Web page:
And shelves for everything I need at close at hand. I use the wok to dump screws and bolts into so I can easily find what I am looking for. I built a funnel into the wok so I can return the nuts to their box easily.
My 30" belt sander gets a a real work out. I have added a funnel to the return pulley to capture as much dust as I can.
I found that I often need different blades on my bandsaw, so instead of constantly changing blades I bought two small saws to compliment my big saw.
Behind the belt sander, inside the big white box is my dust collector and compressor. It used to get so loud in my shop I was concerned about my hearing. I built this noise attenuating mechanical room to improve the environment.
This is my most cherished tool. This Walker Turner drill press, circa 1930, came from my Grandfather Dickinson's Shop. They do not build them like this any more.
One of the very first memories I have is of my father an me, when I was about three years old and living in Germany, building a small wooden boat with a rubber band driven paddle wheel from a piece of wooden fence we found. My father was a colonel in the US Army, my personal hero... he died of Alzheimer's several years ago. He keeps a close watch over me as I work in my shop. At some level I am always trying to live up to his expectations.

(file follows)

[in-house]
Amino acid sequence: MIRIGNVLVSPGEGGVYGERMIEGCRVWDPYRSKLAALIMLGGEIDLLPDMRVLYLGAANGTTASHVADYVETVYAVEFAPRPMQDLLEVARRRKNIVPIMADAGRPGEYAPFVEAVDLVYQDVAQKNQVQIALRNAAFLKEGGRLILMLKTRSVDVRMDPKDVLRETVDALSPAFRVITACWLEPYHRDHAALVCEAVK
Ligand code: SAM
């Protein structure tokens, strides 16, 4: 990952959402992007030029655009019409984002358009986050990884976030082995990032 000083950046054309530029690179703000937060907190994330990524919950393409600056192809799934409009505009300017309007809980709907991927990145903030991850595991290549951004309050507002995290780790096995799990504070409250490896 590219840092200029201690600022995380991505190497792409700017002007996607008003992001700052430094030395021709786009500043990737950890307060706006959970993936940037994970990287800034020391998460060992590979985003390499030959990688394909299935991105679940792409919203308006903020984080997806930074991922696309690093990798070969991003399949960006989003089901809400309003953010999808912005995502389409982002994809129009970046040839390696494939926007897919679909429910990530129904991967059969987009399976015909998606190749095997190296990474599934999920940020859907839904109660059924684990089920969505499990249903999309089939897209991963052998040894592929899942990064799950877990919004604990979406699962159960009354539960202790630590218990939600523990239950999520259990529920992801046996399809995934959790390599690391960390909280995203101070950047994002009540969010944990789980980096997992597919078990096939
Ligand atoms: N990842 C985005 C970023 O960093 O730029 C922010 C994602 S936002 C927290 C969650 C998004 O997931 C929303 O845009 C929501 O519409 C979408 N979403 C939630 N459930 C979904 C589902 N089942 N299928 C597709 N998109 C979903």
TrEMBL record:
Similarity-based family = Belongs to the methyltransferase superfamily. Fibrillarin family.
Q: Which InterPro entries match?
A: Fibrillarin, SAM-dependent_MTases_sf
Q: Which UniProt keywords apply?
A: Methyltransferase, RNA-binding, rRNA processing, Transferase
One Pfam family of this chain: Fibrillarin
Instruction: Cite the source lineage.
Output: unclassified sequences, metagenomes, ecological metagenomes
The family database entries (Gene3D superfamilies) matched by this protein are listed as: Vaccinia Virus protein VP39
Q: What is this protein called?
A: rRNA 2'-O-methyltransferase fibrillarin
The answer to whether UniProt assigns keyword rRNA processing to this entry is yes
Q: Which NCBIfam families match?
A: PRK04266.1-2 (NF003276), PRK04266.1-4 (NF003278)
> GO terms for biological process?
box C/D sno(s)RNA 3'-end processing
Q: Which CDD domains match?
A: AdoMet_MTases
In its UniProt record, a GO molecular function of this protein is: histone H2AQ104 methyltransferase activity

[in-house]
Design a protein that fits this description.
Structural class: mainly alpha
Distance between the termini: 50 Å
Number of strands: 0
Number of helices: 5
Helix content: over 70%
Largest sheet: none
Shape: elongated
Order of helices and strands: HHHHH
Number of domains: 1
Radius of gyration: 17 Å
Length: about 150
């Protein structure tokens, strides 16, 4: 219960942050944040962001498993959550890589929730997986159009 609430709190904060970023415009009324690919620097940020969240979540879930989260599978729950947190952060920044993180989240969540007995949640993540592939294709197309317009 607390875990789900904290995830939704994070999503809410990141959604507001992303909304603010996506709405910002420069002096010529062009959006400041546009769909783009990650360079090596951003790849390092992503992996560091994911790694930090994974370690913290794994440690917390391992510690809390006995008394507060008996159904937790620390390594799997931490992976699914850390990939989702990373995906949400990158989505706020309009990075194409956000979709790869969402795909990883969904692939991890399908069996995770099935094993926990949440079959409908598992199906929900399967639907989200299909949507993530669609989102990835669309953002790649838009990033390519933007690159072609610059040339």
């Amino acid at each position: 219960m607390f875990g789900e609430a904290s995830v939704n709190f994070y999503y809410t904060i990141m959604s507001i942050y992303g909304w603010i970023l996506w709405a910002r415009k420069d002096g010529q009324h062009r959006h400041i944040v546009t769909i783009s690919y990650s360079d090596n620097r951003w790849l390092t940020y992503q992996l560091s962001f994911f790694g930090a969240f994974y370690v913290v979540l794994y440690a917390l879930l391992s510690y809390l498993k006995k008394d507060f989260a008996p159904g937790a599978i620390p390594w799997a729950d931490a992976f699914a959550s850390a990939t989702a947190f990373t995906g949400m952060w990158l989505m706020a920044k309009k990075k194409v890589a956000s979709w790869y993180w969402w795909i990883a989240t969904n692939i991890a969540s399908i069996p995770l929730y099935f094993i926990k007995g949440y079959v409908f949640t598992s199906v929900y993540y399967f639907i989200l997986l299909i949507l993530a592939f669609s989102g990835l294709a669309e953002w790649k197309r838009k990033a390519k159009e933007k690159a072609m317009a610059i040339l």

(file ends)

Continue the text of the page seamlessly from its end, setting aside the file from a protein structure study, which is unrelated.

One of my latest acquisitions is this small milling machine. It is not a CNC model, but it does have digital readouts on the X-Y stage.
When I bought the milling machine I also bought every vise I thought I might need. I built this very sturdy cabinet to hold them.
One of the first tools I purchased was this router table, with a 3 hp router. It is definitely not a hand held router. I complimented the router table with an Incra micro adjustable fence. Always toward greater precision. I regularly hold a 5 mil (1 mil = 1/1000 inch) tolerance on the pieces I work on.
To compliment the jointer, a planer.
The planer is far to aggressive to work on some of the wood I work with. This drum sander allows me to dimension wood very accurately without tearing it up.